Category: Home Health Care

Emergency Blemish Treatments

5 July, 2010 (00:10) | Home Health Care | By: Health news

You walk by a mirror and take a quick glance. Wait! What’s that enormous spot doing on your face? And if that’s not bad enough, it’s almost midnight and you’re in your pajamas, so running to the drug store is out of the question. But don’t worry. Most likely you already have a solution in your medicine chest, and besides being convenient it’s cheap, effective, and time-tested. Here are three spot treatments you can try: aspirin, milk of magnesia, and toothpaste.

1. Aspirin

How it works: Aspirin contains salicylic acid, an ingredient in many acne fighting products that deeply cleans pores and gently removes dead, clogging skin flakes. Salicylic acid also has anti-inflammatory and anti-microbial properties.

How to use it: Crush an aspirin (uncoated is best) with the back side of a spoon, and add just enough water to form a creamy paste. After washing and drying your face, apply the aspirin paste only on the blemish, and allow the treatment to dry and then remain on the area for 15 to 30 minutes. You may leave the treatment on longer if you have experience with this method and know that it won’t irritate your skin. Rinse the aspirin paste off with lukewarm water, and allow your skin to air dry.

Precautions to take: Avoid the eye and nostril areas. Remove the treatment at the first twinge of discomfort. Don’t use this treatment too often, or your skin may become irritated. Once or twice a day is enough. Don’t use aspirin on your skin if you experience allergies when you swallow it.

2. Milk of Magnesia

How it works: Milk of magnesia is anti-inflammatory, oil-absorbing, and mildly disinfectant. It contains the mineral magnesium, an enzymatic cofactor for many necessary processes in the body.

How to use it: On clean, dry skin, apply enough milk of magnesia right out of the bottle (full strength) to form a thin coating on the blemish as a spot treatment. Allow the milk of magnesia to dry. As it dries, the skin will tighten, and this is normal. After 15 minutes you can remove the solution with lukewarm water and allow your face to air dry. If you’ve previously used milk of magnesia on your skin with no adverse reactions, you can try leaving it on overnight.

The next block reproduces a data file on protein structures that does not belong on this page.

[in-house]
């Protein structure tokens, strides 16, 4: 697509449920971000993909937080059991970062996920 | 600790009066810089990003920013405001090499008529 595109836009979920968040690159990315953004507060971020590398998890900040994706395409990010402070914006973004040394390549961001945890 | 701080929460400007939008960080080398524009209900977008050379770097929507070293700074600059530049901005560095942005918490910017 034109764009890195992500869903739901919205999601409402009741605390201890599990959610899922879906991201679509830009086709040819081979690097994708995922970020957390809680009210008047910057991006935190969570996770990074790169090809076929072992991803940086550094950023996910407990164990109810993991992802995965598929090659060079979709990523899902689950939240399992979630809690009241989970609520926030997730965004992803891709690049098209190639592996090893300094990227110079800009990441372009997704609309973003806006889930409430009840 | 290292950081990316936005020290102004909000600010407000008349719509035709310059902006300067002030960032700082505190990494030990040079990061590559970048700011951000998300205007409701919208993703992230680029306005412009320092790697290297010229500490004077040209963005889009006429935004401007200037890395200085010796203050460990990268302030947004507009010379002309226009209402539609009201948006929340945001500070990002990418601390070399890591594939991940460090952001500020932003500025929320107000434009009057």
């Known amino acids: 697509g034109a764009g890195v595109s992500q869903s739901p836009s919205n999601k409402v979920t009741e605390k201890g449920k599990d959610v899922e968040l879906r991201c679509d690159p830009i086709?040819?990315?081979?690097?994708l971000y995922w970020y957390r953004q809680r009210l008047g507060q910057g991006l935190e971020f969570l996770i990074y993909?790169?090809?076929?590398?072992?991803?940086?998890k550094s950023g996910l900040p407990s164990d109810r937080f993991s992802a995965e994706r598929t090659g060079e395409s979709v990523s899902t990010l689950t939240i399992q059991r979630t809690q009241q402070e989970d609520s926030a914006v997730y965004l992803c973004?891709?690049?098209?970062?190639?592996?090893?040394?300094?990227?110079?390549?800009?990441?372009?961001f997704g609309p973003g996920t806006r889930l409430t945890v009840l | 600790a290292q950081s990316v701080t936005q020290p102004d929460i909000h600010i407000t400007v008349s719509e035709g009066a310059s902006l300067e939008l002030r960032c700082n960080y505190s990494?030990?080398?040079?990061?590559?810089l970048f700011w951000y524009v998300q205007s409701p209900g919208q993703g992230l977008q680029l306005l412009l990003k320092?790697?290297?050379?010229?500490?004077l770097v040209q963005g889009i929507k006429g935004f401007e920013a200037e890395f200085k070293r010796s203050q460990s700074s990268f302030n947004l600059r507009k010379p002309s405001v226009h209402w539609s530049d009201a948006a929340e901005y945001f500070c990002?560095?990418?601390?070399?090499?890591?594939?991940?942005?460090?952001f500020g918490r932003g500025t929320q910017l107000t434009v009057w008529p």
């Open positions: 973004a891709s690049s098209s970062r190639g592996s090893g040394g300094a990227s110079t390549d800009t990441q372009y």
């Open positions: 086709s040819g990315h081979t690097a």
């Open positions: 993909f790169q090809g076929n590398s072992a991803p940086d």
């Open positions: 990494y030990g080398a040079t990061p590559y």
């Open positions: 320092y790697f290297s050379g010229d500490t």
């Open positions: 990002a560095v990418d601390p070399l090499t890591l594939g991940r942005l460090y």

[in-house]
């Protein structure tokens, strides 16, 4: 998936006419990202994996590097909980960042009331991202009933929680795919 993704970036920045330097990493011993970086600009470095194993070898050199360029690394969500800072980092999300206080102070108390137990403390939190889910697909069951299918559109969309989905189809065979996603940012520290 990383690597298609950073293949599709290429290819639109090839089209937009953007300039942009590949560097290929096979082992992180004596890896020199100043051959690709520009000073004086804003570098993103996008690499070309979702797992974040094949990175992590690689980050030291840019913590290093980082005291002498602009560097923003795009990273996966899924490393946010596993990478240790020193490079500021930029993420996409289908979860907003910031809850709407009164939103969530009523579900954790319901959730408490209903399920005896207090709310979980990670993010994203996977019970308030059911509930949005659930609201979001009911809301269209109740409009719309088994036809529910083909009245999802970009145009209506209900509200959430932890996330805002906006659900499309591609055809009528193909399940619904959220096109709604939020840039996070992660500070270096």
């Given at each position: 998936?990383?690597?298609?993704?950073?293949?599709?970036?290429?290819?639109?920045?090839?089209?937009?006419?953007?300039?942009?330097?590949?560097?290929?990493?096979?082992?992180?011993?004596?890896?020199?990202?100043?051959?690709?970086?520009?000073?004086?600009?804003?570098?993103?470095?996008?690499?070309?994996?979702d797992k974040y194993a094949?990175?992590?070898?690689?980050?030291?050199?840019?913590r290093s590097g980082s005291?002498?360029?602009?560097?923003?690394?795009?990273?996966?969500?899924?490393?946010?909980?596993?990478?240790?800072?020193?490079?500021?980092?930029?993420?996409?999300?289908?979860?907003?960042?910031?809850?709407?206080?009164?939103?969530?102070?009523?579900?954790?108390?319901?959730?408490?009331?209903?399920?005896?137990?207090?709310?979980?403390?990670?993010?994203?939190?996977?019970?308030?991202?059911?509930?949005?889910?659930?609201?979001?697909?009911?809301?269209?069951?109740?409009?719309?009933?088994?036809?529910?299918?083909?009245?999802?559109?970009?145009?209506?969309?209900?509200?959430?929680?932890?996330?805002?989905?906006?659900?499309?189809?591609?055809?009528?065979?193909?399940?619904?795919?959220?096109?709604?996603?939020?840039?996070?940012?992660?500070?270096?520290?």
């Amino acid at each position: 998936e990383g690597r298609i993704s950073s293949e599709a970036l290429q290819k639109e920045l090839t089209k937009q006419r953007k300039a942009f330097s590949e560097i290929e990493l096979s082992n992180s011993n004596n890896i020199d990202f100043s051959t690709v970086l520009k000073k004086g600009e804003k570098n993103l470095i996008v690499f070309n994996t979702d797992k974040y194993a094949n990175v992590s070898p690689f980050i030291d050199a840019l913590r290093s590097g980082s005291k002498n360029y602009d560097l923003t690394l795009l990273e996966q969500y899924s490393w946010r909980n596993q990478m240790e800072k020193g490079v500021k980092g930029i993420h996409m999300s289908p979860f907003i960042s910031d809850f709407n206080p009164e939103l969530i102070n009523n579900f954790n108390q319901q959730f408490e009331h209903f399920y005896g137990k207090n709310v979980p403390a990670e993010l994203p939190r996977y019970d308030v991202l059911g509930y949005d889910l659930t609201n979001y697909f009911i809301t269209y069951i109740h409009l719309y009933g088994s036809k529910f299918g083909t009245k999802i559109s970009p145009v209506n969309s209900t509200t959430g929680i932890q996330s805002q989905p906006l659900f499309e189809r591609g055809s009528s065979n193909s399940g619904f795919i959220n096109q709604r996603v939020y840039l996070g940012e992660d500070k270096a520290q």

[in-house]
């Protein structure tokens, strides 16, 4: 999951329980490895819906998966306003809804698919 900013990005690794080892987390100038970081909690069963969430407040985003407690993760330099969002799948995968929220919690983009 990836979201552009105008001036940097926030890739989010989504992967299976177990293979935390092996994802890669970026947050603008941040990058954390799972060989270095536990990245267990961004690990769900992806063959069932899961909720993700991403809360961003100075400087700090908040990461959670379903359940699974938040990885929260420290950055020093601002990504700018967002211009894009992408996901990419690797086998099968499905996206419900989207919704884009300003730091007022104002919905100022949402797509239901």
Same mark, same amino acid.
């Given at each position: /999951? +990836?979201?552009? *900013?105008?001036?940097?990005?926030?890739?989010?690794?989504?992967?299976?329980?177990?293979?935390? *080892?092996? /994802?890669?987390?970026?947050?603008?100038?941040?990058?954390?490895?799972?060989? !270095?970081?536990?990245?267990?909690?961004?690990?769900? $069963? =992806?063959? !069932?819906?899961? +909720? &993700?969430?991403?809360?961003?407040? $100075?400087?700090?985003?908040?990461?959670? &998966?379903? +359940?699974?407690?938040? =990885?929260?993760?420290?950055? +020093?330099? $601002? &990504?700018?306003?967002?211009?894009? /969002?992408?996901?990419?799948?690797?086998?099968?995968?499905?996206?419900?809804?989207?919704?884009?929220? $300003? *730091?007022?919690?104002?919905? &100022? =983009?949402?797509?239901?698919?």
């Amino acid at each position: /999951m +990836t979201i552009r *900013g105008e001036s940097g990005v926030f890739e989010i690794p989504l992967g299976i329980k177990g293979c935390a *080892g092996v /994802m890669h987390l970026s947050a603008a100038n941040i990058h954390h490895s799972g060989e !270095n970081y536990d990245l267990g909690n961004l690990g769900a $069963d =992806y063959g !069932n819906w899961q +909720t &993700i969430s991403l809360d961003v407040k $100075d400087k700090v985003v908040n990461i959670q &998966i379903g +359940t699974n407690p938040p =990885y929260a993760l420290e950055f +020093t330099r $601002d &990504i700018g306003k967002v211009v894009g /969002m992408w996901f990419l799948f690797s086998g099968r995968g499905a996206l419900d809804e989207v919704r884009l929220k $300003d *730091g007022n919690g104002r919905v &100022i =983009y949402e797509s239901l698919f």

Precautions to take:Rinse off if discomfort occurs. If milk of magnesia spot treatments heal your breakouts but dry out your face too much, use them less often or dilute the product with water.

3. Toothpaste

How it works: Many toothpastes contain baking soda, a calming and absorbent ingredient. Antiseptics are another common ingredient. Toothpaste is also thought to act like a clay mask, soaking up excess oil. Because of its drying action, toothpaste is said to be most effective on pimples that have already come to a head.

How to use it: Dab (do not rub) on blemishes only, avoiding the surrounding healthy skin. Leave on for about 15 minutes, and then rinse off gently with lukewarm water and allow the skin to air dry. Do not leave this treatment on overnight unless you have already used it successfully for extended periods of time. Do not use mint flavors; they cause a burning sensation and soreness. Also avoid whitening toothpastes because the hydrogen peroxide in them can irritate the skin.

Precautions to take: Spot-treating blemishes with toothpaste has the potential to be very irritating, especially to people with sensitive skin. Do a 15-minute test on the inside of your forearm before applying toothpaste to your face.